• Wingspan: 9.69 m (31 ft 9 in)
  • Height: 4.29 m (14 ft 1 in)
  • Wing area: 15.63 m2 (168.2 sq ft)
  • Airfoil: Dornier DoA-7
  • Empty weight: 2,821 kg (6,219 lb)
  • Gross weight: 3,500 kg (7,716 lb)
  • Max takeoff weight: 5,000 kg (11,023 lb)
  • Powerplant: 1 × Honeywell TFE731-2-2N turbofan engine, 15.57 kN (3,500 lbf) thrust


  • Maximum speed: 819 km/h (509 mph, 442 kn) at 7,000 m (23,000 ft)
  • Cruise speed: 747 km/h (464 mph, 403 kn) at 4,000 m (13,000 ft)
  • Never exceed speed: M0.81 at 9,500 m (31,200 ft)
  • Range: 1,500 km (930 mi, 810 nmi)
  • Service ceiling: 12,900 m (42,300 ft)
  • Rate of climb: 30.2 m/s (5,940 ft/min)


  • Guns: 1× 30 mm (1.18 in) Defa-Giat 554 with 145 rounds of ammo.
  • Hardpoints: 5 with a capacity of
    • 400 kg (880 lb) on inboard underwing pylons
    • 250 kg (550 lb) on fuselage centerline and outer wing pylons,
  • Missiles:
    • LAU-32/51 rocket pods
    • LAU-10 rocket pods
  • Bombs:
    • Mk81/ Mk82 cluster bombs
    • CBLS 200 practice bombs

See also[edit]

Related development

Aircraft of comparable role, configuration and era



  1. ^ Flores 1987, pp. 59–60.
  2. ^ Flores 1987, p.64.
  3. ^ Flores 1987, p.66.
  4. ^ Taylor 1999, p.1.
  5. ^ "Argentina to buy 40 more Pampas". Flight International. 21 September 2011. Archived from the original on 26 September 2011. Split between two Mendoza-based units, the 12 surviving Pampas from an original 16-aircraft batch have all been upgraded to near Series II standard. They are expected to be rotated through FAdeA's installations for re-engining, along with six newly-built IA-63s delivered between 2004 and 2008.
  6. ^ Lambert 1992, p. 2.
  7. ^ Warwick, Graham (21–27 February 1996). "Turboprop Triumph". Flight International. Vol. 149 no. 4511. p. 23.
  8. ^ a b "IA-63 Pampa Advanced Jet Trainer / Light Attack Aircraft". Air Force Technology.
  9. ^ Grana, Juan (12 August 2014). "El Gobierno destinó más de u$s180 millones a una fábrica aeronáutica que aún no construyó un solo avión" [The Government allocated more than US $180 million to an aeronautical factory that has not yet built a single plane]. infobae (in Spanish). Archived from the original on 16 March 2015.
  10. ^ Federico Luna (22 September 2015). "Numeros imaginarios y numeros reales, la teoria del IA-63 "Pampa"" [Imaginary numbers and real numbers, the theory of IA-63 "Pampa"]. Zona Militar (in Spanish). Archived from the original on 23 September 2015. Retrieved 23 September 2015.
  11. ^ "Fresh Air at FAdeA". Flight International. Vol. 191 no. 5581. 4 April 2017. p. 25.
  12. ^ Cicalesi, Juan Carlos (July 2017). "Slow progress on IA-63 Pampa III". AirForces Monthly. No. 352. Key Publishing. p. 19.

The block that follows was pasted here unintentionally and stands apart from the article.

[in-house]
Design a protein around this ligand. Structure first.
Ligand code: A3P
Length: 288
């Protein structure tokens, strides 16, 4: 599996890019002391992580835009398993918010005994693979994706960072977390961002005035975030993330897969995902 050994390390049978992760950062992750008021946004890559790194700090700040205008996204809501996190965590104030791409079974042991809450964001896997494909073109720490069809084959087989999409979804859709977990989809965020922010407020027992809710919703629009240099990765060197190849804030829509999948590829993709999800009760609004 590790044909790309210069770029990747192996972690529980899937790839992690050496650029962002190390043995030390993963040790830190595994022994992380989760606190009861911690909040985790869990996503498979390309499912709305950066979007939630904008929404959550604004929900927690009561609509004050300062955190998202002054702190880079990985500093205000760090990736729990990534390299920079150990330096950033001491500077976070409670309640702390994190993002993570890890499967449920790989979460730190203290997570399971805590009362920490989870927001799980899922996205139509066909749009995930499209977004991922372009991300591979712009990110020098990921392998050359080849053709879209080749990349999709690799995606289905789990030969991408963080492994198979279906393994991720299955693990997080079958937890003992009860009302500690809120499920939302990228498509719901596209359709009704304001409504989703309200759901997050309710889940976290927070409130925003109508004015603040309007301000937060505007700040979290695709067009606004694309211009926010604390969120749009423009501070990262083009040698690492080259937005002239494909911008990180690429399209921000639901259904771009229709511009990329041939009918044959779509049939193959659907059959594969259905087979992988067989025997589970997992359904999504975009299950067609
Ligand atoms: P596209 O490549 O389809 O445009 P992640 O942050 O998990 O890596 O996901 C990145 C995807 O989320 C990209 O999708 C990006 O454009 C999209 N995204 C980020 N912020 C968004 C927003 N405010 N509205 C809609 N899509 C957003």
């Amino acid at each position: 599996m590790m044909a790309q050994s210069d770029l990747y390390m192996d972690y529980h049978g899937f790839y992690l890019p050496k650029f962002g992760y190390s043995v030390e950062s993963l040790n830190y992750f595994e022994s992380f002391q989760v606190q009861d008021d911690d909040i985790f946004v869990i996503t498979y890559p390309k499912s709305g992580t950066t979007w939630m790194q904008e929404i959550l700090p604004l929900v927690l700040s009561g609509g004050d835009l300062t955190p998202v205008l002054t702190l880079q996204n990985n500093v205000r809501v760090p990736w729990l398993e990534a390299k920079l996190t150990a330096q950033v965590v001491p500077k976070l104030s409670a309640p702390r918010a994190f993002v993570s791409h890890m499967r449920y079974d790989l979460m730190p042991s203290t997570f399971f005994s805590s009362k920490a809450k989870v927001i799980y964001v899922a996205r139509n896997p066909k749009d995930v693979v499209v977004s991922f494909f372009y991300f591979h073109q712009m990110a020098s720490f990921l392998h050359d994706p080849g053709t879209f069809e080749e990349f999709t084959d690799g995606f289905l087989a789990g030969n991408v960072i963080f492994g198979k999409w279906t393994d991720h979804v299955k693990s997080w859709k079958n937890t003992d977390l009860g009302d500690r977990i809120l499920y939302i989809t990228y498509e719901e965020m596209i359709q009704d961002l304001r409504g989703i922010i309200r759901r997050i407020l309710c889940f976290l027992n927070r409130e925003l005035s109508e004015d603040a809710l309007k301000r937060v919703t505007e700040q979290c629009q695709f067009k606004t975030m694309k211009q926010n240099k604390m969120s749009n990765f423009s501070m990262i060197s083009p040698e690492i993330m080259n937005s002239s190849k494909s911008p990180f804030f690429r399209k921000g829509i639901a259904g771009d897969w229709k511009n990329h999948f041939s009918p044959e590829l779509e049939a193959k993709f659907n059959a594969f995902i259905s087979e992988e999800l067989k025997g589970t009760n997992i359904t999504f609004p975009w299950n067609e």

13. ^ Gonzales, Diego; Wasserbly, Daniel (28 February 2018). "Argentine MoD, FAdeA reach deal for three Pampa IIIs". Jane's 360. Archived from the original on 28 February 2018. Retrieved 2 March 2018.
  14. ^ Donald, David (1 March 2018). "Pampa III Trainer Contract Approved". Aviation International News. Archived from the original on 2 March 2018. Retrieved 2 March 2018.
  15. ^ Rivas, Santiago (24 September 2018). "First series-production Pampa III makes maiden flight". IHS Jane's 360. Buenos Aires. Archived from the original on 24 September 2018. Retrieved 25 September 2018.
  16. ^ Rivas, Santiago (19 February 2019). "Argentine Air Force receives first two Pampa IIIs". Jane's 360. Buenos Aires. Archived from the original on 19 February 2019. Retrieved 19 February 2019.
  17. ^
  18. ^
  19. ^
  20. ^ Origlia, Gabriela (12 July 2019). "Guatemala suspendió la compra de los aviones Pampa III a la Argentina". La Nación. Retrieved 15 July 2019.
  21. ^ "Fadea insistirá en la venta antes de demandar a Guatemala". La Voz del Interior. 13 July 2019. Retrieved 15 July 2019.
  22. ^ "El Gobierno presentará un reclamo ante Guatemala e intentará reflotar la venta de los Pampa III". Ámbito Financiero. 12 July 2019. Retrieved 15 July 2019.
  23. ^
  24. ^ Jackson, Paul, ed. (2000). Jane's all the World's Aircraft 2000–01 (91st ed.). Coulsdon, Surrey, United Kingdom: Jane's Information Group. pp. 1–2. ISBN 978-0710620118.
  25. ^ Taylor 1988, pp. 3–4.


  • Flores, Jackson, (Jr). "The Pampa...A Tutor with a Teutonic Flavour". Air International, February 1987, Vol 32 No. 2. Bromley, UK:Fine Scroll. ISSN 0306-5634. pp. 59–66, 90.
  • Lambert, Mark (ed.) Jane's All The World's Aircraft 1992–93. Coulsdon, UK: Jane's Defence Data, 1992. ISBN 0-7106-0987-6.
  • Taylor, John W.R. Jane's All The World's Aircraft 1988–89. Coulsdon, UK:Jane's Defence Data, 1988. ISBN 0-7106-0867-5.
  • Taylor, Michael J.H. Brassey's World Aircraft & Systems Directory 1999/2000. London:Brassey's, 1999. ISBN 1-85753-245-7.

External links[edit]